Daughter of Eden is now out as an audiobook from Audible. It’s read by Imogen Church and, listening to the sample, I think she’s done a really wonderful job of it. I felt I was listening to Angie Redlantern herself telling the story. Which was a strange and rather moving experience, given that Angie (possibly my favourite Eden character) came out of my own head. Click on this link for the free sample and judge for yourself.
This book will be a new departure for me in that all three of its predecessors were set on my sunless planet, Eden, but this takes place in North America in the twenty-second century. No more glowing forests or hmmmphing trees, though I think readers may still be able to spot links of various kinds between America City and the Eden books.
Like my previous novels it’s to be published in the UK by Corvus, and should be available from 2nd November.
And there’s another book behind it too, my next short-story collection, Spring Tide, already good to go, and also to be published by Corvus. (It also has an Amazon page). It should be coming out in the UK in the Spring of 2018. This is a new departure too. I have published two previous collections, and one of them won me a prize, but this is my first collection to consist entirely of previously unpublished stories, and my first ever published fiction, whether in the long or short form, that really could not be defined as science fiction.
I’m very pleased that my short story ‘Monsters’, first published in Interzone way back in 2003, will be appearing, in very distinguished company, in the Headland anthology, published by Edge Hill University Press to mark 10 years of the Edge Hill Prize. The Edge Hill Prize is the UK’s main prize for single author collections of stories (of any genre) and winning it for my collection, The Turing Test, was a huge breakthrough in my writing career.
Although it’s not the story that people most often mention when they read The Turing Test, ‘Monsters’ is a personal favourite of mine, perhaps because, although autobiographical elements are present in almost all my fiction, they are particularly to the fore here in this story about how writers both use and are held back by their demons, and about a poet’s emotionally stifling relationship with his mother.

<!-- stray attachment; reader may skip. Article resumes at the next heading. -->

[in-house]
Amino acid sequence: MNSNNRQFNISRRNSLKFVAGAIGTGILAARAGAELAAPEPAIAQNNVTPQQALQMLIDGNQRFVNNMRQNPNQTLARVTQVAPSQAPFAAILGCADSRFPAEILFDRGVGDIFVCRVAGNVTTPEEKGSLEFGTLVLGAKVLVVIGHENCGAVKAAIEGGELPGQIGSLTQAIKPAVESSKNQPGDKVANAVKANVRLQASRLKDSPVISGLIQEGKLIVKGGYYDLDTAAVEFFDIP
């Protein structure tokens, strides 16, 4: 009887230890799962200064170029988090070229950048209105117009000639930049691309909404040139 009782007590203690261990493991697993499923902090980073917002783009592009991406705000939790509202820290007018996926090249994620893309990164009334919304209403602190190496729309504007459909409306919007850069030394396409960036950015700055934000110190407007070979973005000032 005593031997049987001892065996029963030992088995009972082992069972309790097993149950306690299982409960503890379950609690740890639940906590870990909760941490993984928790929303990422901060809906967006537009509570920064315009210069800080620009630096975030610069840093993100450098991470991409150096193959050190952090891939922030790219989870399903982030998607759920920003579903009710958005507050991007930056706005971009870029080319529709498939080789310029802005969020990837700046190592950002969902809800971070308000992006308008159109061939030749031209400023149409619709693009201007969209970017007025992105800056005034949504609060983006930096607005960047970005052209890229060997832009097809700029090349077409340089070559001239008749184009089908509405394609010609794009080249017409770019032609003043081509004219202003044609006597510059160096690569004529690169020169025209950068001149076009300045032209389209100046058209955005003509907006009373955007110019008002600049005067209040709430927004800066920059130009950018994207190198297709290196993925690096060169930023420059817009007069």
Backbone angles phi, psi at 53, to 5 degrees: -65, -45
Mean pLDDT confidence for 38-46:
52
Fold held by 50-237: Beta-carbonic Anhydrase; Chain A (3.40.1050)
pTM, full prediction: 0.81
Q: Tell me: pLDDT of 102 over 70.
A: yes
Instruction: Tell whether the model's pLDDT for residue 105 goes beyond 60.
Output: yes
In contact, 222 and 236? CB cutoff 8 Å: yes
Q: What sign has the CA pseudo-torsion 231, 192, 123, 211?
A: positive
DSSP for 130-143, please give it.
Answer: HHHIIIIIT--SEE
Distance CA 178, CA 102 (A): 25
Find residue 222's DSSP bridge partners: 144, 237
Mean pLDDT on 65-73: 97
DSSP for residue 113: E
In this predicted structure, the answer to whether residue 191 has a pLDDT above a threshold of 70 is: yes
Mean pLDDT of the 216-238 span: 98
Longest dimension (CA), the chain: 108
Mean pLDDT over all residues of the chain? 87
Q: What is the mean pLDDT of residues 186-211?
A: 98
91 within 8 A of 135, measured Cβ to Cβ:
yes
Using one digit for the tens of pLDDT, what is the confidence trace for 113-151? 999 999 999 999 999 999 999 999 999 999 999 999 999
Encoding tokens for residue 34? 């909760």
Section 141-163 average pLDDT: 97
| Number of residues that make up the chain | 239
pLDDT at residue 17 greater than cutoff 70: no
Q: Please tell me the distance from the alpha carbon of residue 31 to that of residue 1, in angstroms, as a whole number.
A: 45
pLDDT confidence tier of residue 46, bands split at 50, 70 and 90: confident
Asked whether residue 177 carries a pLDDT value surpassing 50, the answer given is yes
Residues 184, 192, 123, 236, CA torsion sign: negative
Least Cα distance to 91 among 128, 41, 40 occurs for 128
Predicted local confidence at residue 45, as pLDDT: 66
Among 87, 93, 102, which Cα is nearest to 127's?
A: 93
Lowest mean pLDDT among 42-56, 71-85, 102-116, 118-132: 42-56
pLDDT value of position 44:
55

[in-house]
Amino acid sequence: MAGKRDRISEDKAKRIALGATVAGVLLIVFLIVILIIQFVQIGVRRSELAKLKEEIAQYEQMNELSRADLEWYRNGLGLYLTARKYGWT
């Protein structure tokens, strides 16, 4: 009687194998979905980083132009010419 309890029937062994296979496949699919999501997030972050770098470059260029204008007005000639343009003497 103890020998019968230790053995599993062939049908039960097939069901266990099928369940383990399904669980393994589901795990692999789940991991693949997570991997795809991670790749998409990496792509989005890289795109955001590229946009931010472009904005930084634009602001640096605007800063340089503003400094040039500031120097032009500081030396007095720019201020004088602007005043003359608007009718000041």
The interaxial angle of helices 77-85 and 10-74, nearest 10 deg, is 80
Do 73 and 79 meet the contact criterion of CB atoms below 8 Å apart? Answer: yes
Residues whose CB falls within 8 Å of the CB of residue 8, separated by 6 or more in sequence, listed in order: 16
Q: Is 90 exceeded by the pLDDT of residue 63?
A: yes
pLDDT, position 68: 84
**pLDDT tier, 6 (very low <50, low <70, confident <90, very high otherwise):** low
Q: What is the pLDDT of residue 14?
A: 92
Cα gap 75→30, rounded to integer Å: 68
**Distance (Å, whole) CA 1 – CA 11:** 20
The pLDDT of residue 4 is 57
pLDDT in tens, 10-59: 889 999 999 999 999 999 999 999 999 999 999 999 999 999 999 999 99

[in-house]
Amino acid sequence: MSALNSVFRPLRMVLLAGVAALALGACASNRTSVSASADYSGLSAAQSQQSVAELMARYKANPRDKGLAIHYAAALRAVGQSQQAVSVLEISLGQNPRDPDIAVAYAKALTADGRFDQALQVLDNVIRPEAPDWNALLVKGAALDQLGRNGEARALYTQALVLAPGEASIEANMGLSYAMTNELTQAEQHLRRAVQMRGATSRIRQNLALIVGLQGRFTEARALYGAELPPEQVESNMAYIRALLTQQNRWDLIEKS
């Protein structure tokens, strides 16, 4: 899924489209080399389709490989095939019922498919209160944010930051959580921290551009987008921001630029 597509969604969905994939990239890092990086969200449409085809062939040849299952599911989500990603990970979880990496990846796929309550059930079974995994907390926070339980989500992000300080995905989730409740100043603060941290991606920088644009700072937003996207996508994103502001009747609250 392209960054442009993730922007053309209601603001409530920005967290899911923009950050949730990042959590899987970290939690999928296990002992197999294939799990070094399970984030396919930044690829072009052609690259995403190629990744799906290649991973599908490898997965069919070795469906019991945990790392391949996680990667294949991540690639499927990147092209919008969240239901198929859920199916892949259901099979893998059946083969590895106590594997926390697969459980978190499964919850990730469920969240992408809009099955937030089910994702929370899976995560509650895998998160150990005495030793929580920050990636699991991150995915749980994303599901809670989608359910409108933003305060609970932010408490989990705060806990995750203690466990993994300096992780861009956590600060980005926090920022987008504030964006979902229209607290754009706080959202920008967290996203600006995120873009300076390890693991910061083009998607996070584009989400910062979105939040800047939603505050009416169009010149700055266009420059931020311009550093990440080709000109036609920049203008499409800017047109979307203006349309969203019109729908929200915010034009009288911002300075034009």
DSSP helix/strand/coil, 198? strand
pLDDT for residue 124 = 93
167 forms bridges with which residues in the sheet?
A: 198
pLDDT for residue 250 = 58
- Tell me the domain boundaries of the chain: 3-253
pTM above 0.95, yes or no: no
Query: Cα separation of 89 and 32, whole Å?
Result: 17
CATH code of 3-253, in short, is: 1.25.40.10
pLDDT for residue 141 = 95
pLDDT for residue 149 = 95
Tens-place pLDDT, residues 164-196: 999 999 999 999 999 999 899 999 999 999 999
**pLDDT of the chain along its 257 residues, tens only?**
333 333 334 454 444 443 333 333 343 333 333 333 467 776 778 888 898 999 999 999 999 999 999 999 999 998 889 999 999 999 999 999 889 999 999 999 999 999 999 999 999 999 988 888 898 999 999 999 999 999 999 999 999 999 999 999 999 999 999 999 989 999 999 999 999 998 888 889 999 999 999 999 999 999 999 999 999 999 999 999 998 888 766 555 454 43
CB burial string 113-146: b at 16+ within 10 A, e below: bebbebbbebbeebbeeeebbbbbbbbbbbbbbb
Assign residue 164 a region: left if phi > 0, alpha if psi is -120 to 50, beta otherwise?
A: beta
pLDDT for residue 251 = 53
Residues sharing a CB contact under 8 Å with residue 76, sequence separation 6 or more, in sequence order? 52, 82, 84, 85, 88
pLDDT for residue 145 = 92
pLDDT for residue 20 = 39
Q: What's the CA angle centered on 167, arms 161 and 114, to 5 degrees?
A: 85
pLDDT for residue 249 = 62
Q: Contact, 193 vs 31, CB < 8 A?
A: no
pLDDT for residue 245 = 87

Here’s the blurb about me and the story on the Edge Hill website.
Incidentally Mother of Eden is out in the UK on June 4th (in spite of some slightly confusing statements on Amazon UK, which the publishers are currently fixing). It’s out in the US this week.
In the picture I’m standing on a Roman road outside Cambridge, where I go to walk our dogs. Sort of appropriate really, in a book which talks a lot about living among the residue of the past.
This is me at Dortcon, with the other guests of honour, artist Lothar Bauer on the left of the picture (a man of few words, who says his pictures speak for him: we are flanked by two of them here) and fellow SF writer Karsten Kruschel on the right.
As with Sferakon last year in Zagreb, I was a little daunted in prospect by the idea of attending a convention whose primary language would not be English, but (also as with Sferakon) I was made extremely welcome, people put themselves to a lot of trouble to make sure I was included, and I had a great weekend. Special thanks to Arno and Gabi (my main hosts), Michael who first suggested inviting me, and Gregor who acted as my interpreter when one was needed (making me feel like some kind of international statesman, as he murmured into my ear.)
I know a huge amount of work and worry, over a long period of time, goes into planning these events, which most attendees (including me) don’t really see. What I see, and most attendees see, is a little peaceful island, where gentle and imaginative people can gather for a couple of days of conversation and friendship and playfulness.
This was my first real visit to Germany. Fascinating listening to German spoken all around me. Perhaps because, from an early age, my sisters and I were cared for by German au pairs, I’ve always liked the sound of the language. I find it musical, where many English people find it harsh, and could quite happily just sit and listen to its cadences, even if I didn’t have someone to interpret. The tantalising thing about it is that, though I can’t understand it, it’s so obviously a close cousin of English that I can’t quite let go of the idea that, if only I tried hard enough, I could.
It’s interesting how every country has its stories, its past events, it’s preoccupations, which it must keep going over and over, just as individuals have events in their own lives that they must visit and revisit over and over: the old DDR and what had happened to it when Germany was unified, for instance, was clearly one such topic, even more than twenty years on.
My fellow writer and guest of honour Karsten grew up in the DDR. He told me all SF in the DDR had to depict a socialist future (so as not to violate the Marxist creed of the inevitable triumph of socialism). When he studied for a PhD thesis on dystopian literature, he had to have special permission to look at George Orwell’s 1984, which was held in the university library but was forbidden to the general public. He had to go to a special room to read it.
Now to me, that sounds like a scene from an SF novel in itself.
Here’s the cover for the US edition of Mother of Eden. The story is set on both sides of the sea which Eden people call Worldpool.